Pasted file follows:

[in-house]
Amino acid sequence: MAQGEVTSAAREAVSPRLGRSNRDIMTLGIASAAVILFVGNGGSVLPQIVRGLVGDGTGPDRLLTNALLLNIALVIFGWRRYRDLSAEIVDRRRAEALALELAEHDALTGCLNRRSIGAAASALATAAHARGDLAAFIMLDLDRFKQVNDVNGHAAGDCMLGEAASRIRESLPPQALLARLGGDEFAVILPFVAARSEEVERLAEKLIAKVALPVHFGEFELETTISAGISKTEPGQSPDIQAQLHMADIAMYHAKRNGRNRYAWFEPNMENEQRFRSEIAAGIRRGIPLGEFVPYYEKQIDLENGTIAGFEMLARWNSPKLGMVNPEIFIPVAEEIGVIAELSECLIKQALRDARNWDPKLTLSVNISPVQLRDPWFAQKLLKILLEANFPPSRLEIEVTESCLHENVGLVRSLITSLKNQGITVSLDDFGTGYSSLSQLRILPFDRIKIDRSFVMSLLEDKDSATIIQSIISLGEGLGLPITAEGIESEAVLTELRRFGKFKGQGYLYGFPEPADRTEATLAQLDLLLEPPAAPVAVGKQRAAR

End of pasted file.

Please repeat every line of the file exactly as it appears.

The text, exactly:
[in-house]
Amino acid sequence: MAQGEVTSAAREAVSPRLGRSNRDIMTLGIASAAVILFVGNGGSVLPQIVRGLVGDGTGPDRLLTNALLLNIALVIFGWRRYRDLSAEIVDRRRAEALALELAEHDALTGCLNRRSIGAAASALATAAHARGDLAAFIMLDLDRFKQVNDVNGHAAGDCMLGEAASRIRESLPPQALLARLGGDEFAVILPFVAARSEEVERLAEKLIAKVALPVHFGEFELETTISAGISKTEPGQSPDIQAQLHMADIAMYHAKRNGRNRYAWFEPNMENEQRFRSEIAAGIRRGIPLGEFVPYYEKQIDLENGTIAGFEMLARWNSPKLGMVNPEIFIPVAEEIGVIAELSECLIKQALRDARNWDPKLTLSVNISPVQLRDPWFAQKLLKILLEANFPPSRLEIEVTESCLHENVGLVRSLITSLKNQGITVSLDDFGTGYSSLSQLRILPFDRIKIDRSFVMSLLEDKDSATIIQSIISLGEGLGLPITAEGIESEAVLTELRRFGKFKGQGYLYGFPEPADRTEATLAQLDLLLEPPAAPVAVGKQRAAR